Chicago Fed Letter
In this article, we take a closer look at the implications of rising Covid-19 cases and vaccination rates for the U.S. hourly labor market. To do so, we rely on geographic variation in the high-frequency data collected by the firm Homebase with its timekeeping software. This data source allows us to make use of U.S. state-level variation on a daily basis in order to decompose the effects on hourly employees and hours worked from both rising cases and vaccinations.
Over the past 25 years, the U.S. has experienced a sharp increase in climate-related disasters totaling billions of dollars in damages. For those whose homes are destroyed, the financial impact can be devastating. Fortunately, many have some of their losses covered by homeowners insurance. In 2017—a particularly costly year in terms of weather-related damages—insurers reported around $68 billion in losses from homeowners insurance claims. Still, with the number and intensity of climate-related disasters on the rise, it is important for us to understand the degree to which homes are underinsured, either through having no coverage or not enough coverage.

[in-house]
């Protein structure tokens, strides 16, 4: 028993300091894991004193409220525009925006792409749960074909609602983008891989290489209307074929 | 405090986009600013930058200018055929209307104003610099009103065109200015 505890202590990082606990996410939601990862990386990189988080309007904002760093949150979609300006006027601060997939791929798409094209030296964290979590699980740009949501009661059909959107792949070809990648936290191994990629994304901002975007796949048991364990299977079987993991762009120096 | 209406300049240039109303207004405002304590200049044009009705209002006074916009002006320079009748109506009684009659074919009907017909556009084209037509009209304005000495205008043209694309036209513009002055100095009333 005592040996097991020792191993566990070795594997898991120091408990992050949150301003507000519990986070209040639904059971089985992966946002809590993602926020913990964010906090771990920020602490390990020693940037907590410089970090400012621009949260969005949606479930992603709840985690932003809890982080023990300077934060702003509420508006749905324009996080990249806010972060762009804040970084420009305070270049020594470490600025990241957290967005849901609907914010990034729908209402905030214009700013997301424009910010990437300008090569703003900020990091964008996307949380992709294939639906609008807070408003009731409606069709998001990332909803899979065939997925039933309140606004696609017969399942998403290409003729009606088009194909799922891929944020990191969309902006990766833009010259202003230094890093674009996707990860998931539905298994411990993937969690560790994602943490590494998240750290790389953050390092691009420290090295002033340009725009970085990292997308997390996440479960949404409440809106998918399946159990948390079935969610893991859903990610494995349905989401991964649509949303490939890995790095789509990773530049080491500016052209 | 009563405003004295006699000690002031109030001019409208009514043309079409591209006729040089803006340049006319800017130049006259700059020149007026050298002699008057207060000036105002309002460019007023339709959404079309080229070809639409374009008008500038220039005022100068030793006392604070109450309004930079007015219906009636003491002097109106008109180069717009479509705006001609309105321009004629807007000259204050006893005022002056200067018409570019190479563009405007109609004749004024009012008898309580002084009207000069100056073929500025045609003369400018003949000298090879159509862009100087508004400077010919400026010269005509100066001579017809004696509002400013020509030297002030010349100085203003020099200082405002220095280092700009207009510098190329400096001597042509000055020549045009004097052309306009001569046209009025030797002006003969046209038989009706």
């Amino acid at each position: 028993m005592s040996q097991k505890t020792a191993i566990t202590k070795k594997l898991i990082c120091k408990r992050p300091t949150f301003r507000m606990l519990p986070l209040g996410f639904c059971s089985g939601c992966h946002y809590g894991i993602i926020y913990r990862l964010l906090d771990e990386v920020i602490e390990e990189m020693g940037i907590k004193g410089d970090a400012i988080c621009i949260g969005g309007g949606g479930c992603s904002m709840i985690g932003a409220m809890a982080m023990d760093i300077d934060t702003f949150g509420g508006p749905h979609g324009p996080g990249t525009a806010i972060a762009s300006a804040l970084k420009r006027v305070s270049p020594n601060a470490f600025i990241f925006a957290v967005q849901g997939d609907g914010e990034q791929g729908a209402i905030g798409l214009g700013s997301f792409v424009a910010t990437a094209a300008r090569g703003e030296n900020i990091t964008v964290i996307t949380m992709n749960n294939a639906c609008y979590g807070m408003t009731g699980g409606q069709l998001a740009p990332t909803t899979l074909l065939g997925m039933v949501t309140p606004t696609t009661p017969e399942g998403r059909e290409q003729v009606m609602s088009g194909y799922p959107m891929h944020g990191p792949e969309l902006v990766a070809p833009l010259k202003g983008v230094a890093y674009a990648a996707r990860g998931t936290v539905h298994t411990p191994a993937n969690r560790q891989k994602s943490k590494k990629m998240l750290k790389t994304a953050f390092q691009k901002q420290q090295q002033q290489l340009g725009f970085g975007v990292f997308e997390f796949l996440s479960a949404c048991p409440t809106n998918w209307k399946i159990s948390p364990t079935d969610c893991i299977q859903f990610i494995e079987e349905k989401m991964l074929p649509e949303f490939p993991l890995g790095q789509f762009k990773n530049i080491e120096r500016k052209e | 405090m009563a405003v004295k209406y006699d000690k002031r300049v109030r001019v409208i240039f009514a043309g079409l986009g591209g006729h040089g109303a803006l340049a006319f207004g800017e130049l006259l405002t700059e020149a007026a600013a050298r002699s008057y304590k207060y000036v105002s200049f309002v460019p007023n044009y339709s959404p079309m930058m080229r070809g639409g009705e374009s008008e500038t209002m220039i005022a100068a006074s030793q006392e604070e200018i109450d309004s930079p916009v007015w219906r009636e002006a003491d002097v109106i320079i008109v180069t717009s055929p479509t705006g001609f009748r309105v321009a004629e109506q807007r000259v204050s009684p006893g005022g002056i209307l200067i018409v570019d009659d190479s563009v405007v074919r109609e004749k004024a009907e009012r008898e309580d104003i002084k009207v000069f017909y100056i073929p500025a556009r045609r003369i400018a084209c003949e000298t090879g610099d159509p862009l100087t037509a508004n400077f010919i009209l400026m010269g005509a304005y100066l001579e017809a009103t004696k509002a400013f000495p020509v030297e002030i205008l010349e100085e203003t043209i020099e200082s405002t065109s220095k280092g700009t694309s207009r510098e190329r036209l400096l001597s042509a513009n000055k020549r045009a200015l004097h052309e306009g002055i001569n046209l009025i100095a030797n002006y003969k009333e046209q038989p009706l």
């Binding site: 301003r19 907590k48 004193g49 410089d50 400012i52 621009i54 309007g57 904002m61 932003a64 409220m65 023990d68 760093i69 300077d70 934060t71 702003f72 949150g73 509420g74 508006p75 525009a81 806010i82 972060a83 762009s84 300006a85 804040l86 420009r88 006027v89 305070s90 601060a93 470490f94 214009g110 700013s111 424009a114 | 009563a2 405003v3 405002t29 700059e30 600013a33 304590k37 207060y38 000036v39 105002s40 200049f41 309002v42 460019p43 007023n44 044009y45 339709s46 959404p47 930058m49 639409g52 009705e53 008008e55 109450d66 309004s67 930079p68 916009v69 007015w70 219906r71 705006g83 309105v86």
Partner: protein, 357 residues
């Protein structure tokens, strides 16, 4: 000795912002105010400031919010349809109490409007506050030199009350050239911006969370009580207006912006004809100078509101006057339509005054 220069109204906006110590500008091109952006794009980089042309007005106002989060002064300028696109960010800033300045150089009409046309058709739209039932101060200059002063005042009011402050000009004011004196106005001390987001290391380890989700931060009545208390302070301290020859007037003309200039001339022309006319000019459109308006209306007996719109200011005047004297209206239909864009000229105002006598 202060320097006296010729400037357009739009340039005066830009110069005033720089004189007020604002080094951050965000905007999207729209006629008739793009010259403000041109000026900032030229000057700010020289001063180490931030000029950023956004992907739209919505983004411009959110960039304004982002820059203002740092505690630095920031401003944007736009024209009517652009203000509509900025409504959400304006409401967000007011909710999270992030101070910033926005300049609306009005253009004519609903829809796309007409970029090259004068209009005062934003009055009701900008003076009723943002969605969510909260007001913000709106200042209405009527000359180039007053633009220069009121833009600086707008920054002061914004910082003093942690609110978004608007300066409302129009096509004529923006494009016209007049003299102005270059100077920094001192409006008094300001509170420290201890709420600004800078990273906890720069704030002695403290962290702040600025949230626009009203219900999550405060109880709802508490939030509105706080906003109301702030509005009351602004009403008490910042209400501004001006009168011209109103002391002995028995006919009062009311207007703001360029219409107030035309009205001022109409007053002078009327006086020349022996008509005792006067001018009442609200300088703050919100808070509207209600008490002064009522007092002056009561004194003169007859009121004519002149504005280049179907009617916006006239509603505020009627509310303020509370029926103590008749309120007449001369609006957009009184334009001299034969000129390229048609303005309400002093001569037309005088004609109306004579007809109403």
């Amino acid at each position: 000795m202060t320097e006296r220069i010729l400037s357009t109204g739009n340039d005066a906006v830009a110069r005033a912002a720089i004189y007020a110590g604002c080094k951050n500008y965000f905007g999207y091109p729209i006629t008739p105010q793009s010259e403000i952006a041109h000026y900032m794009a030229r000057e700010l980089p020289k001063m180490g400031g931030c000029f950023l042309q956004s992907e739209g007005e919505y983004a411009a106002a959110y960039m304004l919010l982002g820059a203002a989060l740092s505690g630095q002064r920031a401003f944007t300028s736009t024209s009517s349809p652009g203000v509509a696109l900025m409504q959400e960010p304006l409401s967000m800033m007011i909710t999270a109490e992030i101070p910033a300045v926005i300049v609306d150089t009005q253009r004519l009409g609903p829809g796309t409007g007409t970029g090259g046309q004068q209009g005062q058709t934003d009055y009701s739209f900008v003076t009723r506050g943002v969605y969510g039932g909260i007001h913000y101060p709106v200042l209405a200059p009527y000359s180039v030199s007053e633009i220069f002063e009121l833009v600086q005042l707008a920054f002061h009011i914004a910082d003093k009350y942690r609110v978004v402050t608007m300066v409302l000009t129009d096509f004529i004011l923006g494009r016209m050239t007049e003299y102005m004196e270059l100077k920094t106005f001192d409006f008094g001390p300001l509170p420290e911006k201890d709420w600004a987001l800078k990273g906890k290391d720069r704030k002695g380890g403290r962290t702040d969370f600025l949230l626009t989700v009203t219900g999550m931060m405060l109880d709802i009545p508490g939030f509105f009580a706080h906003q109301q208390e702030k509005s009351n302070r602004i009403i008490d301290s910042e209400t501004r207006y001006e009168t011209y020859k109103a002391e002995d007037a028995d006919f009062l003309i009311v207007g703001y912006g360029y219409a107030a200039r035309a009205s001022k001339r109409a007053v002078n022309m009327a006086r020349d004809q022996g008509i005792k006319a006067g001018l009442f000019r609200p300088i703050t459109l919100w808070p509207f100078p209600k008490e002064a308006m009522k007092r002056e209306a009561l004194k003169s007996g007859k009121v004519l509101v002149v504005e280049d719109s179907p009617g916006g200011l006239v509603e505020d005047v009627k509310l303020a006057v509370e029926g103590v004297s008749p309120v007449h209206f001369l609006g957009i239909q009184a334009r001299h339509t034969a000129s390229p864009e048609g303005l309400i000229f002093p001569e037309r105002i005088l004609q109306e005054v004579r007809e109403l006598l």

This article examines the potential aggregate impact on financial stability of several bilateral force majeure claims filed at approximately the same time in one or more markets. One and a half years after the pandemic started, I take stock of the developments involving force majeure claims thus far, and conclude that the likelihood of these claims creating a systemic threat to financial stability is low.